rva_packagingSeeing Stone through a new set of eyes—the eyes of the Richmond employees as well as the city’s denizens—felt different…and really good. It reminded me of what it was like to discover Stone back in the late ‘90s, where people found themselves in awe that something so cool was right in their backyard. Best of all—and I mean no disrespect to fans of Arrogant Bastard Ale (it was my first craft-beer, after all)—none of the “Arrogance” has settled into the Richmond facility as of yet. There is no leftover air of you’re not worthy pompousness that needs to be wiped clean. The roughly 60 RVA employees are mostly brand-new and extremely excited to be part of this venture, as well they should be. That leads to a great level-of-service and overall friendliness that I very much enjoyed.

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rva_bridge_sideI found myself rather proud to see Virginians enjoying an authentically hoppy and justifiably proud taste of San Diego County, more than 2,600 miles removed from my hometown. Even without the two-story Stone Brewing World Bistro & Gardens restaurant that will debut down the hill near the James River sometime next year, Stone Brewing – RVA provides plenty of reasons to visit and a great deal of promise for the future.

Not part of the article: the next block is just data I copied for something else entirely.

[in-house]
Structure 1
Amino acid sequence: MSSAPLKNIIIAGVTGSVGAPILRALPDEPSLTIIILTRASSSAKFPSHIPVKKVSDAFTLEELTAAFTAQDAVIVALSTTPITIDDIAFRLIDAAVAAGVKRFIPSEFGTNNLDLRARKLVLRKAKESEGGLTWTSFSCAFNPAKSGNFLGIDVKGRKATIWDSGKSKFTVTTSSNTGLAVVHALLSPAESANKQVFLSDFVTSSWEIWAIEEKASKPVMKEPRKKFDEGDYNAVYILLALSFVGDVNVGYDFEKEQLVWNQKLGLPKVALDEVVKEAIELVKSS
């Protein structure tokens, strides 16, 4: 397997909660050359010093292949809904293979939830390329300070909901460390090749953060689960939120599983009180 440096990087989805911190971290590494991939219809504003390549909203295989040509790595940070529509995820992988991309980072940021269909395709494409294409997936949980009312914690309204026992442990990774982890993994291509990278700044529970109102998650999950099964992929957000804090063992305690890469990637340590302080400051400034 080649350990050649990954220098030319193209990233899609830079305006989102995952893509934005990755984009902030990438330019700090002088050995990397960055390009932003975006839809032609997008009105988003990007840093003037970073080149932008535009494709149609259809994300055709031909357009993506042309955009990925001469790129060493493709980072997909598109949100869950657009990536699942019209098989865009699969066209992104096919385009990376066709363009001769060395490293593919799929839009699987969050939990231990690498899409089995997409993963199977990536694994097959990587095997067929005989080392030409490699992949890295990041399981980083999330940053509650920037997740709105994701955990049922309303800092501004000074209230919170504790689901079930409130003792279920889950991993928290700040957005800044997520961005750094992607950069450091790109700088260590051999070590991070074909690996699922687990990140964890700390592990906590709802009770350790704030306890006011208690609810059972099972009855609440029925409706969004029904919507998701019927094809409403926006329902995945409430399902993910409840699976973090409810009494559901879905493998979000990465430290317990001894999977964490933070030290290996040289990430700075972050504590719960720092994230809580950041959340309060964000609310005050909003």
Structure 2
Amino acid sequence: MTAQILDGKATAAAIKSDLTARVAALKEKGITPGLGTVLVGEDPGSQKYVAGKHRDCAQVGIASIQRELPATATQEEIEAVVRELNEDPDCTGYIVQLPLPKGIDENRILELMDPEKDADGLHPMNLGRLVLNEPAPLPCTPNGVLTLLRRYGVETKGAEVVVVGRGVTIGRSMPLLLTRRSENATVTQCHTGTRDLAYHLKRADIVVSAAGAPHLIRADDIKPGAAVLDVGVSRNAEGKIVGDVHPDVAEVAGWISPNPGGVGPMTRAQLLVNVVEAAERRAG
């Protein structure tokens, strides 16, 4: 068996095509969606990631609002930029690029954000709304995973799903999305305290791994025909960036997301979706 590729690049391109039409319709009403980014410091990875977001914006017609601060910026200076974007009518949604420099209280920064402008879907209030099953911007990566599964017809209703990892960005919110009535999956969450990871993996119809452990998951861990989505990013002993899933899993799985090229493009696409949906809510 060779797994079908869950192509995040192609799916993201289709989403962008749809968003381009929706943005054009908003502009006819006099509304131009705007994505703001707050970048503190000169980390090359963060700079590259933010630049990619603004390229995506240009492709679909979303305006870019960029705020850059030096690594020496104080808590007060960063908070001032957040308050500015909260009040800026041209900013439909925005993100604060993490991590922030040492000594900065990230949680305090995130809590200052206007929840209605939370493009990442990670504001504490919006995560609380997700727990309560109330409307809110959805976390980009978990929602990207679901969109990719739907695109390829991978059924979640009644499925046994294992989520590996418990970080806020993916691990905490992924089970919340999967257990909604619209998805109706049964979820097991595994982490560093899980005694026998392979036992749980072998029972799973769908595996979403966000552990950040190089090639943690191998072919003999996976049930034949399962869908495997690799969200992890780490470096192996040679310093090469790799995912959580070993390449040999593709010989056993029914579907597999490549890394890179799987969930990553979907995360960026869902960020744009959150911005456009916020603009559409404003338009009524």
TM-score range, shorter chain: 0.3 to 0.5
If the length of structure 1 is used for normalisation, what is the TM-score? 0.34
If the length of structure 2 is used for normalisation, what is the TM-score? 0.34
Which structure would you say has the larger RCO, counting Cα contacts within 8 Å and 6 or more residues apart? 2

Green Flash Virginia Beach Update

Just as this article was going to press, Mira Mesa-based Green Flash Brewing Company announced that its East Coast facility in nearby Virginia Beach, Virginia, would open to the public on November 13. In celebration, the company will offer a full week of events, including the third annual East Coast iteration of its Treasure Chest Fest benefiting the Susan G. Komen breast-cancer charity organization the day prior to the official debut, November 12. The estimated annual production capacity for the Virginia Beach facility will be 100,000 barrels. Construction of the brewery can be viewed via an online live-cam.

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Green Flash Brewing Company’s under-construction facility in Virginia Beach, Va.

 

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Littles going big bear route with Bear Roots Brewing